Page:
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(Reference retrieved automatically from Web of Science through information on FAPESP grant and its corresponding number as mentioned in the publication by the authors.)

TLR4 abrogates the Th1 immune response through IRF1 and IFN-beta to prevent immunopathology during L. infantum infection

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Sacramento, Lais Amorim [1] ; Benevides, Luciana [1, 2] ; Maruyama, Sandra Regina [3] ; Tavares, Lucas [4] ; Fukutani, Kiyoshi Ferreira [1] ; Francozo, Marcela [5, 6] ; Sparwasser, Tim [5, 6, 7] ; Cunha, Fernando Queiroz [8] ; Almeida, Roque Pacheco [9] ; da Silva, Joao Santana [1, 2] ; Carregaro, Vanessa [1]
Total Authors: 11
Affiliation:
[1] Univ Sao Paulo, Ribeirao Preto Med Sch, Dept Biochem & Immunol, Ribeirao Preto - Brazil
[2] Fiocruz MS, Bi Inst Translat Med, Rio De Janeiro - Brazil
[3] Univ Fed Sao Carlos, Ctr Biol & Hlth Sci, Sao Carlos - Brazil
[4] Univ Sao Paulo, Ribeirao Preto Med Sch, Dept Cellular & Mol Biol, Ribeirao Preto - Brazil
[5] Hannover Med Sch MHH, Ctr Expt & Clin Infect Res Twincore, Inst Infect Immunol, Hannover - Germany
[6] Helmholtz Ctr Infect Res HZI, Hannover - Germany
[7] Johannes Gutenberg Univ Mainz, Univ Med Ctr, Dept Med Microbiol & Hyg, D-55131 Mainz - Germany
[8] Univ Sao Paulo, Ribeirao Preto Med Sch, Dept Pharmacol, Ribeirao Preto - Brazil
[9] Univ Fed Sergipe, Ctr Biol & Hlth Sci, Aracaju, SE - Brazil
Total Affiliations: 9
Document type: Journal article
Source: PLOS PATHOGENS; v. 16, n. 3 MAR 2020.
Web of Science Citations: 0
Abstract

A striking feature of human visceral leishmaniasis (VL) is chronic inflammation in the spleen and liver, and VL patients present increased production levels of multiple inflammatory mediators, which contribute to tissue damage and disease severity. Here, we combined an experimental model with the transcriptional profile of human VL to demonstrate that the TLR4-IFN-beta pathway regulates the chronic inflammatory process and is associated with the asymptomatic form of the disease. Tlr4-deficient mice harbored fewer parasites in their spleen and liver than wild-type mice. TLR4 deficiency enhanced the Th1 immune response against the parasite, which was correlated with an increased activation of dendritic cells (DCs). Gene expression analyses demonstrated that IRF1 and IFN-beta were expressed downstream of TLR4 after infection. Accordingly, IRF1- and IFNAR-deficient mice harbored fewer parasites in the target organs than wild-type mice due to having an increased Th1 immune response. However, the absence of TLR4 or IFNAR increased the serum transaminase levels in infected mice, indicating the presence of liver damage in these animals. In addition, IFN-beta limits IFN-gamma production by acting directly on Th1 cells. Using RNA sequencing analysis of human samples, we demonstrated that the transcriptional signature for the TLR4 and type I IFN (IFN-I) pathways was positively modulated in asymptomatic subjects compared with VL patients and thus provide direct evidence demonstrating that the TLR4-IFN-I pathway is related to the nondevelopment of the disease. In conclusion, our results demonstrate that the TLR4-IRF1 pathway culminates in IFN-beta production as a mechanism for dampening the chronic inflammatory process and preventing immunopathology development. Author summary Visceral leishmaniasis (VL) is one of the most lethal neglected tropical diseases and is caused by Leishmania parasites. Most subjects infected with Leishmania present subclinical VL symptoms, and their immune response is mediated by Th1 cells and immunoregulatory mechanisms. However, when infection progresses to disease, VL patients present increased levels of inflammatory mediators in the serum which are related to the severity of disease. During infection, Toll-like receptors (TLRs) interact with Leishmania parasites and contribute to the outcome of the disease. Herein, we report that TLR4 signaling hampers the chronic immune response during VL to prevent immunopathology. TLR4 triggers the activation of IRF1 and thus induces the transcription of IFN-beta, which in turn acts directly on Th1 cells to limit the production of IFN-gamma. In addition, a transcription analysis of human VL samples provides direct evidence demonstrating that the TLR4-IFN-I pathway is related to the asymptomatic form of the disease. Collectively, our findings reveal that TLR4 hampers the Th1 immune response through IRF1 and IFN-beta to prevent immunopathology during VL. (AU)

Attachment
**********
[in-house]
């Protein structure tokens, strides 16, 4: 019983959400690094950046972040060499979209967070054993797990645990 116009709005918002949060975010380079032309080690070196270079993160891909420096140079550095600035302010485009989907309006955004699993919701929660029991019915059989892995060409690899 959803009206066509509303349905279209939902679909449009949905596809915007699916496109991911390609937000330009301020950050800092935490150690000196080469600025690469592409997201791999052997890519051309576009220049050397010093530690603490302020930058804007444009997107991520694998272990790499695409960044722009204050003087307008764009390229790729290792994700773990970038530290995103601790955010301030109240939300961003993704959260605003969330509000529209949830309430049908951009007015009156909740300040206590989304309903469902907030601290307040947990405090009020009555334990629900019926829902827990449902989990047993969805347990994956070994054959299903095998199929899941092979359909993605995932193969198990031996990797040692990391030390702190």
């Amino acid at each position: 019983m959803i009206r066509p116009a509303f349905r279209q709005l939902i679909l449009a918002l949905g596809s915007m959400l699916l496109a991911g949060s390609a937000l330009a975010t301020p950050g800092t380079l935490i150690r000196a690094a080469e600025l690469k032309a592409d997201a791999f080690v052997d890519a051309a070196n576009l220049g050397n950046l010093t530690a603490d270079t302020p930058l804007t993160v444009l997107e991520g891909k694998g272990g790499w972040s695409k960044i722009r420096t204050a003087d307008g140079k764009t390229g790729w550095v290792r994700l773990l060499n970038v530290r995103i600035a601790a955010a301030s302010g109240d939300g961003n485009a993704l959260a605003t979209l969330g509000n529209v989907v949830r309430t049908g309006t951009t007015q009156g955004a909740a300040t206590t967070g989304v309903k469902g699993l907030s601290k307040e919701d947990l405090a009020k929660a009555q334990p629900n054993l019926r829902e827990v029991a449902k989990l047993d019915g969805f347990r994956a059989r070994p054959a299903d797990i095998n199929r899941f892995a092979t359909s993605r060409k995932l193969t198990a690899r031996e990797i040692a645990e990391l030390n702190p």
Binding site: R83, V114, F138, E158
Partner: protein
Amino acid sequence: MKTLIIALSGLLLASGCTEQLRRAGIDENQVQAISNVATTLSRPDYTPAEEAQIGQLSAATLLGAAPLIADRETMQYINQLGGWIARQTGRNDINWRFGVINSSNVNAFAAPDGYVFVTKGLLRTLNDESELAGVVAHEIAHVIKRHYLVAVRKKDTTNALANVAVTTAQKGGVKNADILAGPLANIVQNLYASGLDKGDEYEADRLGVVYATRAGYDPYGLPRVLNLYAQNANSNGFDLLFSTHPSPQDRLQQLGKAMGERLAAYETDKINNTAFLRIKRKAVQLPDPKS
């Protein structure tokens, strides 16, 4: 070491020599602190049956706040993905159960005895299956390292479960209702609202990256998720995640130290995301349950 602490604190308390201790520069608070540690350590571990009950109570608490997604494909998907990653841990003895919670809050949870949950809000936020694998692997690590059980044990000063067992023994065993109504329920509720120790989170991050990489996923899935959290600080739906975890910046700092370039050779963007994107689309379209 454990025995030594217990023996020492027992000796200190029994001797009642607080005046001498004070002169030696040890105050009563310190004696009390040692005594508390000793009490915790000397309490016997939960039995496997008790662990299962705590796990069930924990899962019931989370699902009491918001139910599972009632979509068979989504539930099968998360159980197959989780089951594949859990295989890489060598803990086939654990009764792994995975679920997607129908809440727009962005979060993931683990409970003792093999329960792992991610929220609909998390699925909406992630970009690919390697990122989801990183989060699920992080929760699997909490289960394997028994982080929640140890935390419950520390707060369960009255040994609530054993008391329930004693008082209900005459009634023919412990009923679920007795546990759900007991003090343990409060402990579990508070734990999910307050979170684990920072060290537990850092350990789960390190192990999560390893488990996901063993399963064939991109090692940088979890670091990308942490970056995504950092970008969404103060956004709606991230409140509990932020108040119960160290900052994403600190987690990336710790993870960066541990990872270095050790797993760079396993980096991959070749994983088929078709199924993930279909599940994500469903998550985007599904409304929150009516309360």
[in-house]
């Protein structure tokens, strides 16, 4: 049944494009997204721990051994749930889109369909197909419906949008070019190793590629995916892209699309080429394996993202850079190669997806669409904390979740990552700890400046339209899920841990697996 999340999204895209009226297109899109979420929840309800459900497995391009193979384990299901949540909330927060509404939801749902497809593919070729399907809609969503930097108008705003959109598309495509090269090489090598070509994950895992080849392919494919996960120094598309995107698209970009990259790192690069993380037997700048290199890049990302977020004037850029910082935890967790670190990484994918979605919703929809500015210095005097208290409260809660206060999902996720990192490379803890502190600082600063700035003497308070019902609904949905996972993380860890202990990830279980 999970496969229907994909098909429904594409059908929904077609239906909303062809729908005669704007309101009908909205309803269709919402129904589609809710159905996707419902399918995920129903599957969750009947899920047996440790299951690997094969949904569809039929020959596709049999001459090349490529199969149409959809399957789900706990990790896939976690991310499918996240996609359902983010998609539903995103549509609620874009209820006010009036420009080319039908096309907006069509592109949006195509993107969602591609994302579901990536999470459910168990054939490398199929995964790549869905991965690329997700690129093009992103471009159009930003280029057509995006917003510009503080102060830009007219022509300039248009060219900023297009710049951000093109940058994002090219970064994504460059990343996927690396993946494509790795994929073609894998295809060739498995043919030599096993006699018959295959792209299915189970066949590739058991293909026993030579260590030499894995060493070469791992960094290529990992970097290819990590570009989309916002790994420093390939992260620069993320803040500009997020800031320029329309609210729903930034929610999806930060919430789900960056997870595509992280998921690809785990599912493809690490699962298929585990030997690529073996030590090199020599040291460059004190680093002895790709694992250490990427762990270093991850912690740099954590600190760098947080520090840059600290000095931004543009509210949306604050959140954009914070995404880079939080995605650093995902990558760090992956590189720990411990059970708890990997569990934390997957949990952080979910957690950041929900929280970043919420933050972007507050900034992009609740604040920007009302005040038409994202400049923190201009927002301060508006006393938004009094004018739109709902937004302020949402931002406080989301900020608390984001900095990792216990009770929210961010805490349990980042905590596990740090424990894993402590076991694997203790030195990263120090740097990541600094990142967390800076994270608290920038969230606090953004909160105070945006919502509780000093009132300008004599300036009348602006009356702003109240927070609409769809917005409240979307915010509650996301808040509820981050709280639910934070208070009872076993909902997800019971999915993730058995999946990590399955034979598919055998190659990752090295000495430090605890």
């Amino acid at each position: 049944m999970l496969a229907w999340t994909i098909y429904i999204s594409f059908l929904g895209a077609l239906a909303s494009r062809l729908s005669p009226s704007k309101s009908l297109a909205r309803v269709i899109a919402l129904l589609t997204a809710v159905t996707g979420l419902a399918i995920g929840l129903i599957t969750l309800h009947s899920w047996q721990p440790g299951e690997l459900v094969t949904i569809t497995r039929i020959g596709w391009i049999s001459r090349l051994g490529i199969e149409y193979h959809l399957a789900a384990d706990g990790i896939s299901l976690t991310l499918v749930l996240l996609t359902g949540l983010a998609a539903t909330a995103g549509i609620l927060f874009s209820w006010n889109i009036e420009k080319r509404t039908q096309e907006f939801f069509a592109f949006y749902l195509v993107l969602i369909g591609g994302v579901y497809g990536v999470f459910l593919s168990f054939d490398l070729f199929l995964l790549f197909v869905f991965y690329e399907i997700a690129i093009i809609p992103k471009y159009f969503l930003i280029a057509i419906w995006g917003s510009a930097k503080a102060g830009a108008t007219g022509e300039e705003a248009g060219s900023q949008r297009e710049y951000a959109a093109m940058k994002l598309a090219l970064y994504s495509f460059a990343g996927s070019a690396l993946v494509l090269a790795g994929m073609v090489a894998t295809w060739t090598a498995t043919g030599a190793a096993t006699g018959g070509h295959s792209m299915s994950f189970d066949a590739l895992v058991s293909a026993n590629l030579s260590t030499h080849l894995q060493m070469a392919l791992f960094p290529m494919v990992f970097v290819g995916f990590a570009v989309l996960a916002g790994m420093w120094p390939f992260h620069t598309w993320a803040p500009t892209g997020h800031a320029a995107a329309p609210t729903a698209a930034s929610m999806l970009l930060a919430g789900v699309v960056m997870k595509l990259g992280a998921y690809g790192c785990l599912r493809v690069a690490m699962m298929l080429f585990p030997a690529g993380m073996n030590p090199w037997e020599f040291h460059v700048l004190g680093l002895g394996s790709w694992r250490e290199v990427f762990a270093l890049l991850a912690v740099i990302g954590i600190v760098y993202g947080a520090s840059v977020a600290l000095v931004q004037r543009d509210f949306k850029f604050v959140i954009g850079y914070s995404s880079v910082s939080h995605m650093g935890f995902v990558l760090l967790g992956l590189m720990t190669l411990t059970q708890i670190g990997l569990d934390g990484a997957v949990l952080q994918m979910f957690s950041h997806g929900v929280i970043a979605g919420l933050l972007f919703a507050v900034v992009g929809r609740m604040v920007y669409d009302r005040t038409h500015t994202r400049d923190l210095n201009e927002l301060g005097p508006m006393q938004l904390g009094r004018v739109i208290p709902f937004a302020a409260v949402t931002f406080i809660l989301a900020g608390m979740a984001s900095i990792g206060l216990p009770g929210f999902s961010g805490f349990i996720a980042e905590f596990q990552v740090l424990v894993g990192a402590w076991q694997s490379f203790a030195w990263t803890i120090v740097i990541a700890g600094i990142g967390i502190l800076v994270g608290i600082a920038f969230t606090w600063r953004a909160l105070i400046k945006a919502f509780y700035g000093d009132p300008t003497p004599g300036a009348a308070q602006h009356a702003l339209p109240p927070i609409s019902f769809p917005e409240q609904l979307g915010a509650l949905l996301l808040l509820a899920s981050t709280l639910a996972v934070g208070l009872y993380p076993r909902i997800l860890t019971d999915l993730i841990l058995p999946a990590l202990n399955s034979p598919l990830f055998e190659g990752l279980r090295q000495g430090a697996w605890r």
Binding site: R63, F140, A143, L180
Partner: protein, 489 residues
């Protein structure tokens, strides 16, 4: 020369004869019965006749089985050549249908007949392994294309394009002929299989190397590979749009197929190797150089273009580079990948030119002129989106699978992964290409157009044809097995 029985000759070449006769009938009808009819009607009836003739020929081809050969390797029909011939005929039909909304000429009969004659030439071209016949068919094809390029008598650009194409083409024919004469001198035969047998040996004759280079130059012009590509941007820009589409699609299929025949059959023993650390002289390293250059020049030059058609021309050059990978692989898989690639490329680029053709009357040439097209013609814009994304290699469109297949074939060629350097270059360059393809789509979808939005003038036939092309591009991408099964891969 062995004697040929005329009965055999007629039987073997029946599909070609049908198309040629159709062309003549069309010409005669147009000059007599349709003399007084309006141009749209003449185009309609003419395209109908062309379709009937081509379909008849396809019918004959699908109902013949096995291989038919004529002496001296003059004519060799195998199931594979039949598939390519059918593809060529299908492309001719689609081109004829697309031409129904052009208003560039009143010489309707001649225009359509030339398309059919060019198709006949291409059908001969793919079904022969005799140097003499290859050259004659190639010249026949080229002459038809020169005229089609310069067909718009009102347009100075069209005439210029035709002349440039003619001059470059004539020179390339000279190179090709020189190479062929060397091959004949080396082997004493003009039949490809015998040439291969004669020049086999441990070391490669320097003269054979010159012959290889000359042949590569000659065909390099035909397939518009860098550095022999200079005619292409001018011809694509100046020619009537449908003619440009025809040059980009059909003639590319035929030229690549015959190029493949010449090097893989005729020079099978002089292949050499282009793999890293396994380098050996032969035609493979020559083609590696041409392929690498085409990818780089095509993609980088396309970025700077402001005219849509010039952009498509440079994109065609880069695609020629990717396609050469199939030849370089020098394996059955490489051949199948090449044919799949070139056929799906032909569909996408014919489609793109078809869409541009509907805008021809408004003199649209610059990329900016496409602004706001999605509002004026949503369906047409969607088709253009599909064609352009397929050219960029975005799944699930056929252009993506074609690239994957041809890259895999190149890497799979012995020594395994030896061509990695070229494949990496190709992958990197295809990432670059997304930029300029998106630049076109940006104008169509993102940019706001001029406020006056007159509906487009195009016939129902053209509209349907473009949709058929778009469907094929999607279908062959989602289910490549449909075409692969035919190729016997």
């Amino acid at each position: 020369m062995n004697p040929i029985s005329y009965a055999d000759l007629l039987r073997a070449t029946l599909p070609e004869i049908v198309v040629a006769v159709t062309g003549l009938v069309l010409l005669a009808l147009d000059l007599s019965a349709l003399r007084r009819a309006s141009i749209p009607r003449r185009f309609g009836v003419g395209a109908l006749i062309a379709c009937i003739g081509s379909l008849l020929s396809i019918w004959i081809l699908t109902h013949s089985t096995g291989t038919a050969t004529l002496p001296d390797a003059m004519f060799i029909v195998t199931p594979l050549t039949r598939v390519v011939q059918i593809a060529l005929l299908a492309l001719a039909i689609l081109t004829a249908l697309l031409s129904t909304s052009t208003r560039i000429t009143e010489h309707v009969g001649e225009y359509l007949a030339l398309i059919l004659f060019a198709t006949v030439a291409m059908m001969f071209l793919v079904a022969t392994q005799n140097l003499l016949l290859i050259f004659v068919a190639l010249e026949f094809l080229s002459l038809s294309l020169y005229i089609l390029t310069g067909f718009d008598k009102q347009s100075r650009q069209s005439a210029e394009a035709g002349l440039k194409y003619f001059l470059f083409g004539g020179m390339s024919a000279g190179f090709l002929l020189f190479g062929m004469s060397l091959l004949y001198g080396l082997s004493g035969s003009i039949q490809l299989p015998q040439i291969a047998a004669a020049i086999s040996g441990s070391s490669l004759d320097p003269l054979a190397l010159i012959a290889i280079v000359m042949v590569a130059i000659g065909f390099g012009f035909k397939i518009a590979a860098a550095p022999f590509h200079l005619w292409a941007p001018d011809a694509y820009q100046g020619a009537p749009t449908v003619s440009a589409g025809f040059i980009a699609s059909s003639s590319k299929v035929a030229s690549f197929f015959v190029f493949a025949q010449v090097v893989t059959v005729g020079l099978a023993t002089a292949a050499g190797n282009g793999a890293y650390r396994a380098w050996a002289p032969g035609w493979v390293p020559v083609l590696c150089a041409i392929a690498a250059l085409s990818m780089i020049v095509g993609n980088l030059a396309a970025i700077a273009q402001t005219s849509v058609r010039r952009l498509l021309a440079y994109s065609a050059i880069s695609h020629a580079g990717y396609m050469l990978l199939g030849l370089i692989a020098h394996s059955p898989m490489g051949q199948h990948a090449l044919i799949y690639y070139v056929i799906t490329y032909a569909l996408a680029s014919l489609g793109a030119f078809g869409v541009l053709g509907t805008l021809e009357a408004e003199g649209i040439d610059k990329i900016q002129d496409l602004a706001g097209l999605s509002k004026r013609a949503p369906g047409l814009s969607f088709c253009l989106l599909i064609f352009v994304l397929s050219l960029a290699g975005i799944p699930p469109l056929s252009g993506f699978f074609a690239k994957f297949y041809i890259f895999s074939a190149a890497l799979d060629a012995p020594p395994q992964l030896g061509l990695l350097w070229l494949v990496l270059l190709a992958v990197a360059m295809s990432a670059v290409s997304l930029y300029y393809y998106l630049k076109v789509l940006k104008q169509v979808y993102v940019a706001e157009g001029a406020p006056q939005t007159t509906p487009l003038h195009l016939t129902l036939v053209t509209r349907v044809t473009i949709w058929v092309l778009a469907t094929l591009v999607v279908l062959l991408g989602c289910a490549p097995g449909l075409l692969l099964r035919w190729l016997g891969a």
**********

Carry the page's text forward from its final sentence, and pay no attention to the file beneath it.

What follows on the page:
FAPESP's process: 13/08216-2 - CRID - Center for Research in Inflammatory Diseases
Grantee:Fernando de Queiroz Cunha
Support type: Research Grants - Research, Innovation and Dissemination Centers - RIDC
FAPESP's process: 15/12526-2 - Regulatory mechanisms of inflammatory responses in the severity of visceral leishmaniasis
Grantee:Vanessa Carregaro Pereira
Support type: Regular Research Grants
FAPESP's process: 17/04347-6 - Cooperation between TLR4 and IL-1R signaling pathways in the regulation of immune response during human and murine l. infantum infection
Grantee:Laís Amorim Sacramento
Support type: Scholarships in Brazil - Post-Doctorate
FAPESP's process: 12/14524-9 - Modulation of T lymphocytes differentiation in infections by Protozoa, Fungi and Bacteria
Grantee:João Santana da Silva
Support type: Research Projects - Thematic Grants